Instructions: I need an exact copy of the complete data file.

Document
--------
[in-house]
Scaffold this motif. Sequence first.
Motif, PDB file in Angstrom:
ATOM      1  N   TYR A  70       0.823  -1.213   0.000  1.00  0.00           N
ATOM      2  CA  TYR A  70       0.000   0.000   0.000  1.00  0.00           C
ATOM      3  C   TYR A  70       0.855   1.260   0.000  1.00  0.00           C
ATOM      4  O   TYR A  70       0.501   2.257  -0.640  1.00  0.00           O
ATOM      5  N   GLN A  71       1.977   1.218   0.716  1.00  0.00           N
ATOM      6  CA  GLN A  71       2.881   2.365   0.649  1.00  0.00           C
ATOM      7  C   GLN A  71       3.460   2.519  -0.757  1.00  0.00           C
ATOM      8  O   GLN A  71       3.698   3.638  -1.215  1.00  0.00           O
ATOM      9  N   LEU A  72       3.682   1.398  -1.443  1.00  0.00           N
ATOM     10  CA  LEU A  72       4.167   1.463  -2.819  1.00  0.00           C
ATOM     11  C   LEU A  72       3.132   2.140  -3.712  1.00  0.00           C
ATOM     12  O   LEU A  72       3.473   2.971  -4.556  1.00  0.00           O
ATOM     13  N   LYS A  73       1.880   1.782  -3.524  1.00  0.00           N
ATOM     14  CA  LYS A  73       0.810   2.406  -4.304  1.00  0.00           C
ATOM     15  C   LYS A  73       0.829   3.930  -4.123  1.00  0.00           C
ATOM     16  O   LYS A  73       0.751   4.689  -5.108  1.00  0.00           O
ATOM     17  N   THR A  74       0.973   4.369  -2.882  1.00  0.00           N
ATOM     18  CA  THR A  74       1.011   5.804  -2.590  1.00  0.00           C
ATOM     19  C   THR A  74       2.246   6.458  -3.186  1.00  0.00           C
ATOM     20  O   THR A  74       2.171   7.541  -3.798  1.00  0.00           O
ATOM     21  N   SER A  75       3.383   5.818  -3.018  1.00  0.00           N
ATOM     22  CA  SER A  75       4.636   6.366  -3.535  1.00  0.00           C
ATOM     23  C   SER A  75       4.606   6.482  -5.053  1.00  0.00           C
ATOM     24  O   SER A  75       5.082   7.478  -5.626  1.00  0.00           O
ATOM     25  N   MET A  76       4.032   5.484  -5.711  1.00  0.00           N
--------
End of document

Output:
[in-house]
Scaffold this motif. Sequence first.
Motif, PDB file in Angstrom:
ATOM      1  N   TYR A  70       0.823  -1.213   0.000  1.00  0.00           N
ATOM      2  CA  TYR A  70       0.000   0.000   0.000  1.00  0.00           C
ATOM      3  C   TYR A  70       0.855   1.260   0.000  1.00  0.00           C
ATOM      4  O   TYR A  70       0.501   2.257  -0.640  1.00  0.00           O
ATOM      5  N   GLN A  71       1.977   1.218   0.716  1.00  0.00           N
ATOM      6  CA  GLN A  71       2.881   2.365   0.649  1.00  0.00           C
ATOM      7  C   GLN A  71       3.460   2.519  -0.757  1.00  0.00           C
ATOM      8  O   GLN A  71       3.698   3.638  -1.215  1.00  0.00           O
ATOM      9  N   LEU A  72       3.682   1.398  -1.443  1.00  0.00           N
ATOM     10  CA  LEU A  72       4.167   1.463  -2.819  1.00  0.00           C
ATOM     11  C   LEU A  72       3.132   2.140  -3.712  1.00  0.00           C
ATOM     12  O   LEU A  72       3.473   2.971  -4.556  1.00  0.00           O
ATOM     13  N   LYS A  73       1.880   1.782  -3.524  1.00  0.00           N
ATOM     14  CA  LYS A  73       0.810   2.406  -4.304  1.00  0.00           C
ATOM     15  C   LYS A  73       0.829   3.930  -4.123  1.00  0.00           C
ATOM     16  O   LYS A  73       0.751   4.689  -5.108  1.00  0.00           O
ATOM     17  N   THR A  74       0.973   4.369  -2.882  1.00  0.00           N
ATOM     18  CA  THR A  74       1.011   5.804  -2.590  1.00  0.00           C
ATOM     19  C   THR A  74       2.246   6.458  -3.186  1.00  0.00           C
ATOM     20  O   THR A  74       2.171   7.541  -3.798  1.00  0.00           O
ATOM     21  N   SER A  75       3.383   5.818  -3.018  1.00  0.00           N
ATOM     22  CA  SER A  75       4.636   6.366  -3.535  1.00  0.00           C
ATOM     23  C   SER A  75       4.606   6.482  -5.053  1.00  0.00           C
ATOM     24  O   SER A  75       5.082   7.478  -5.626  1.00  0.00           O
ATOM     25  N   MET A  76       4.032   5.484  -5.711  1.00  0.00           N